We should learn to accept the inevitable. As a famous prayer goes: “God, grant me the serenity to accept the things I cannot change; courage to change the things I can; and wisdom to know the difference.”
Birth and death are inevitable; so why worry? Death is certain for that which is born and birth for the dead.
But, where is it said that the Self is born or it dies? Birth and death belong to the illusion (conventional or traditional usage), not to the Self, the substratum for the ‘I’. I am not born nor do I die; birth and death belong to the confusion. At best, ‘birth’ and ‘death’ are conventional expressions like the ‘rising’ and the ‘setting’ of the sun. For not even the ‘body’ dies finally.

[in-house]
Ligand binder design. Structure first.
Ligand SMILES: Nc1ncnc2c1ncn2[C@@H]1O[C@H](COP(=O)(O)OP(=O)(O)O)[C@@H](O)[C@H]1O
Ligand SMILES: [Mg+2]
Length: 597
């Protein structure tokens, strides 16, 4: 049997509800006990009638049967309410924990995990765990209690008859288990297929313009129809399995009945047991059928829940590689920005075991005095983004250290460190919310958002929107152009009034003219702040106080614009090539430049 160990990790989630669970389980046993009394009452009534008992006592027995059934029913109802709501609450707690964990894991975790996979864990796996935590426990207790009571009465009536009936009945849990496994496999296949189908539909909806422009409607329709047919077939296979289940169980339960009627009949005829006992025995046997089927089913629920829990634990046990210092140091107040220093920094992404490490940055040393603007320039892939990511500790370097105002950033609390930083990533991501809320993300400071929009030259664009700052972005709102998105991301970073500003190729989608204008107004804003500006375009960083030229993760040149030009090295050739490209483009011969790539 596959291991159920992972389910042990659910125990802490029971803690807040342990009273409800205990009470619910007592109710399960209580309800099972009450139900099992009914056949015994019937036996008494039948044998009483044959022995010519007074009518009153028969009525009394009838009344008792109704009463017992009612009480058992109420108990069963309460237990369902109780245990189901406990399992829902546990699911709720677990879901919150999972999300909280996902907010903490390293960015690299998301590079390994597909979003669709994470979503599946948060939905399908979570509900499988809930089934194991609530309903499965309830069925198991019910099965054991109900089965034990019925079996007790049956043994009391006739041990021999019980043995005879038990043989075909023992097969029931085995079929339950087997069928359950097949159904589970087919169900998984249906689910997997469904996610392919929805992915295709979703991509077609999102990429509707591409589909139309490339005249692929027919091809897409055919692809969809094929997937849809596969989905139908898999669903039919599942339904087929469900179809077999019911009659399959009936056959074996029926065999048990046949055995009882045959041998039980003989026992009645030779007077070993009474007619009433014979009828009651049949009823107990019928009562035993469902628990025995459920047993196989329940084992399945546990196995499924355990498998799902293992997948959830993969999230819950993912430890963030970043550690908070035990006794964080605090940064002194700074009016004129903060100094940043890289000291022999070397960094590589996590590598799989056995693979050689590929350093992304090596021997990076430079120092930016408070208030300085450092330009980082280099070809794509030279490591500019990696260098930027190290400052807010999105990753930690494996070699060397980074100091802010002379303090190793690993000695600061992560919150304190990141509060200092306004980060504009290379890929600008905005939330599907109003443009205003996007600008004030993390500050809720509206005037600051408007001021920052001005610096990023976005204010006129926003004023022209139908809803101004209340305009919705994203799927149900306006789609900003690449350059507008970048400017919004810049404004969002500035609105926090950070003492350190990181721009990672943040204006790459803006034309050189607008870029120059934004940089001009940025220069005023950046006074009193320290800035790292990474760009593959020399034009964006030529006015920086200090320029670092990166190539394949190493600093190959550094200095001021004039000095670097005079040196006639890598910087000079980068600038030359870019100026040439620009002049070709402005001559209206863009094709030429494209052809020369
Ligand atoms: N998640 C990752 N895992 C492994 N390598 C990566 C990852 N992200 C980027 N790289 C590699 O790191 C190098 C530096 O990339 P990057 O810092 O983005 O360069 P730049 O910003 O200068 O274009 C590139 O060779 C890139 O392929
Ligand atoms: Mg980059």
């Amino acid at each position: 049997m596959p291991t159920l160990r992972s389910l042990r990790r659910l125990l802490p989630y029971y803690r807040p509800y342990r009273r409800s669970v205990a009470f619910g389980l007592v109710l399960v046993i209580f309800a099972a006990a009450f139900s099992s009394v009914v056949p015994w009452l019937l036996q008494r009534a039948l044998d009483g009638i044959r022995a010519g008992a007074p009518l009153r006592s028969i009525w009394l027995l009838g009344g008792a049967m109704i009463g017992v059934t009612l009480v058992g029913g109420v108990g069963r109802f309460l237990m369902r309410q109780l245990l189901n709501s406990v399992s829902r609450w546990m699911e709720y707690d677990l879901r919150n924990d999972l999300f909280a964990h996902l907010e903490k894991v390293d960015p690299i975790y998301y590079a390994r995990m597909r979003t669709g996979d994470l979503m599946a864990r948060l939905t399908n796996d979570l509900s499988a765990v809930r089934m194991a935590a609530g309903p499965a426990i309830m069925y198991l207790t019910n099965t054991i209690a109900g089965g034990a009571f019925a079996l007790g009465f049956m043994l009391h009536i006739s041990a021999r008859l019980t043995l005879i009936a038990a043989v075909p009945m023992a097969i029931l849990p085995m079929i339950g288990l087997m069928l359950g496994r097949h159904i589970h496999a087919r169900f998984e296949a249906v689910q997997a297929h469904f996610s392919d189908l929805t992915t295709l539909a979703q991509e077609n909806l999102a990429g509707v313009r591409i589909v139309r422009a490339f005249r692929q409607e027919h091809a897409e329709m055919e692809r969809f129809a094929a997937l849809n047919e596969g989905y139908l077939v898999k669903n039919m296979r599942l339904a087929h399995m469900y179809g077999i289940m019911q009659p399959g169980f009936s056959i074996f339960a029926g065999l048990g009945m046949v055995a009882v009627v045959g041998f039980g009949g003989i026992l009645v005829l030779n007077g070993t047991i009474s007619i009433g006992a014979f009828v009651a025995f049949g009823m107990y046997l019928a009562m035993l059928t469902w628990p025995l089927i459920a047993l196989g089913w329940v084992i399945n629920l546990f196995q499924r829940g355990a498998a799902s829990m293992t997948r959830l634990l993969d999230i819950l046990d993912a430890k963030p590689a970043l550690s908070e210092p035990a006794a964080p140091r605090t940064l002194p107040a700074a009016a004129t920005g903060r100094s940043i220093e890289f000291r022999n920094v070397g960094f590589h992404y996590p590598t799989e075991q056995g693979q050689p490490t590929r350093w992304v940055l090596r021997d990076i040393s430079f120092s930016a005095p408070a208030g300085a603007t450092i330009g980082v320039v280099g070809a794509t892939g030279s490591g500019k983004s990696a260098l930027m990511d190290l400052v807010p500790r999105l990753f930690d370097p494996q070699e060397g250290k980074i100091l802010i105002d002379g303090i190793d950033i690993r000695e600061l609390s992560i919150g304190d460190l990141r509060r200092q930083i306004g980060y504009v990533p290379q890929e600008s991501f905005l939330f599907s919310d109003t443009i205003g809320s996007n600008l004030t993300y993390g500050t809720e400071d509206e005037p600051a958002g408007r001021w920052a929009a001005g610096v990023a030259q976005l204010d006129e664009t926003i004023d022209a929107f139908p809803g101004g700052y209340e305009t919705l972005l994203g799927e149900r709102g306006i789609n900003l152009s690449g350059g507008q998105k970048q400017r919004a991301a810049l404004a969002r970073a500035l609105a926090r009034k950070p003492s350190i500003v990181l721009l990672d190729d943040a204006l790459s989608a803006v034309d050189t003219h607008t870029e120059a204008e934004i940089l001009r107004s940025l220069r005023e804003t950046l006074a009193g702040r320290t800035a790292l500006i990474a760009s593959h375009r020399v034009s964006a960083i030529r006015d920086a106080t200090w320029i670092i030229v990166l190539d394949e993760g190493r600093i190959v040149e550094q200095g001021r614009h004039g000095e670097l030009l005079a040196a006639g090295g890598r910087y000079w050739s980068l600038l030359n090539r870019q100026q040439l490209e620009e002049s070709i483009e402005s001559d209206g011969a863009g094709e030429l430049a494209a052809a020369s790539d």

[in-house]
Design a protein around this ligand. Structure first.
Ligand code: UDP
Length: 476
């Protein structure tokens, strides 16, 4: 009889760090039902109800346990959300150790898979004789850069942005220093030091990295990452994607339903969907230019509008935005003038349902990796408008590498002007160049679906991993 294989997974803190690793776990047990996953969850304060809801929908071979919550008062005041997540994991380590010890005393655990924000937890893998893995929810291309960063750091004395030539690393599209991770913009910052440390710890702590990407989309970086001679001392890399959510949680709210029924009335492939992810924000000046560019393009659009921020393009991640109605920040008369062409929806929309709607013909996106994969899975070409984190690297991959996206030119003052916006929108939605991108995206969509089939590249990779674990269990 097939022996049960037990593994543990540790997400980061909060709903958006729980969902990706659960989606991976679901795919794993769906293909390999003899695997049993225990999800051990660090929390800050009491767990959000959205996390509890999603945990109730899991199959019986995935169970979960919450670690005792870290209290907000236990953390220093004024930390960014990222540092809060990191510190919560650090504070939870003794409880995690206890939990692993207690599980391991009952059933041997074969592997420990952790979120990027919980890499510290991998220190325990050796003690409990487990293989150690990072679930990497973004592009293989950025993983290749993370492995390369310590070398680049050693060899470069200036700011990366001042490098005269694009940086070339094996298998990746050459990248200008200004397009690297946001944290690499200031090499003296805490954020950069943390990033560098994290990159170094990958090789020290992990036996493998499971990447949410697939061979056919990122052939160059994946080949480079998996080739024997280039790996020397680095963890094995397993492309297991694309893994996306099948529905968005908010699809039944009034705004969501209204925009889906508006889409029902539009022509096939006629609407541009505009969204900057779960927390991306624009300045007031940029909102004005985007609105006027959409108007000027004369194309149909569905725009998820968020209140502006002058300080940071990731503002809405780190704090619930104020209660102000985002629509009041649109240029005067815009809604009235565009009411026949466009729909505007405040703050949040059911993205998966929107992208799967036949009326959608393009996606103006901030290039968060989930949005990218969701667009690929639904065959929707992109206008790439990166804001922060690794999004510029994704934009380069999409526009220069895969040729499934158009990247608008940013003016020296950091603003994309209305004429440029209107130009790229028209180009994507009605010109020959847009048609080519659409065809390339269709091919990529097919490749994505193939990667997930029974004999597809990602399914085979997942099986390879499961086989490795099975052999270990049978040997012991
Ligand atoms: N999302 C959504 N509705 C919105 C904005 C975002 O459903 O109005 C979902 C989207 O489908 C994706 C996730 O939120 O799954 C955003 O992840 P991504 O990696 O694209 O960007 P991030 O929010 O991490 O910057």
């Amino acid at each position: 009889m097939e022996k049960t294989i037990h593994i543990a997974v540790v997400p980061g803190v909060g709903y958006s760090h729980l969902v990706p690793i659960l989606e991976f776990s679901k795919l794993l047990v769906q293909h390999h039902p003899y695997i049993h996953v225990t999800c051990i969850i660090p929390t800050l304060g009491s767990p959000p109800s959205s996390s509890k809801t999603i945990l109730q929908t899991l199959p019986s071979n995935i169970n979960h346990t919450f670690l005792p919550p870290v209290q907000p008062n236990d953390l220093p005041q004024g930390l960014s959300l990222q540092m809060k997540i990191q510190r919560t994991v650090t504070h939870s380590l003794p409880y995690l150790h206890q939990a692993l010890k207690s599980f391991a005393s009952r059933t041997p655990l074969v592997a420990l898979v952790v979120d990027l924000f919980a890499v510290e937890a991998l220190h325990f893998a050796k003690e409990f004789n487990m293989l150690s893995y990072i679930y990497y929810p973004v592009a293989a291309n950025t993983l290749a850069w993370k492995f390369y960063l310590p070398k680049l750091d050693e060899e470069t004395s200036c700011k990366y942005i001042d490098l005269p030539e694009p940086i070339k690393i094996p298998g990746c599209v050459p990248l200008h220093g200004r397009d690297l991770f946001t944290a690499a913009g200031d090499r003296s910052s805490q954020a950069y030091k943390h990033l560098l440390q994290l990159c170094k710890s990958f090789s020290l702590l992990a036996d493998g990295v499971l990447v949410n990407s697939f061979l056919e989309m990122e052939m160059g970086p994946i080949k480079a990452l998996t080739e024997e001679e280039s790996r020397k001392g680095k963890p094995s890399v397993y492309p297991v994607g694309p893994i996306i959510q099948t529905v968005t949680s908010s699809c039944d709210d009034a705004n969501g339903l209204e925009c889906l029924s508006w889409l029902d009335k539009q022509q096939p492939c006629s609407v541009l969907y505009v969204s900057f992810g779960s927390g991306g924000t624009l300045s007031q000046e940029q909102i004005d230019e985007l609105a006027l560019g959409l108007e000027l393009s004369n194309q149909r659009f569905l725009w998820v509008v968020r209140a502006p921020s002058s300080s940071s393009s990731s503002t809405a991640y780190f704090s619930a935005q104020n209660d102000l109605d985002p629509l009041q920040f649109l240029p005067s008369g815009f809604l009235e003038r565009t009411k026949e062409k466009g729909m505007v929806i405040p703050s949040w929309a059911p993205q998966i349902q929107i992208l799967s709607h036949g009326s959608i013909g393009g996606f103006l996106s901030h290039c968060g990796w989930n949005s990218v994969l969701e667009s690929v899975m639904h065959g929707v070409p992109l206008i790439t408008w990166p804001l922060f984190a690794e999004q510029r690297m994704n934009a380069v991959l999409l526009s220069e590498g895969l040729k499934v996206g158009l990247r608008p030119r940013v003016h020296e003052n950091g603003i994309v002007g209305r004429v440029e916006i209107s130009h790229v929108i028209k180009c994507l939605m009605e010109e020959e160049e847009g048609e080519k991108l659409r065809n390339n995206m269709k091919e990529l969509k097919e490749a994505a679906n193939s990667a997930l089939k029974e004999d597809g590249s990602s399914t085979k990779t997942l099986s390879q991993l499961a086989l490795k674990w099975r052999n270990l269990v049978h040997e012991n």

Birth and death are two apparent stages in a ceaseless change. They have social implications, but cease to be true when investigated into.
When you drive along a tar road in the morning, you find a mirage. When the sun sets, the mirage disappears (dies). Oh, no, it is not dead; the next morning, when the sun rises, the mirage is born again!
We can accept the inevitable with wisdom and course only if we are firmly rooted in the truth or the permanent reality which is totally unaffected by these passing phenomena.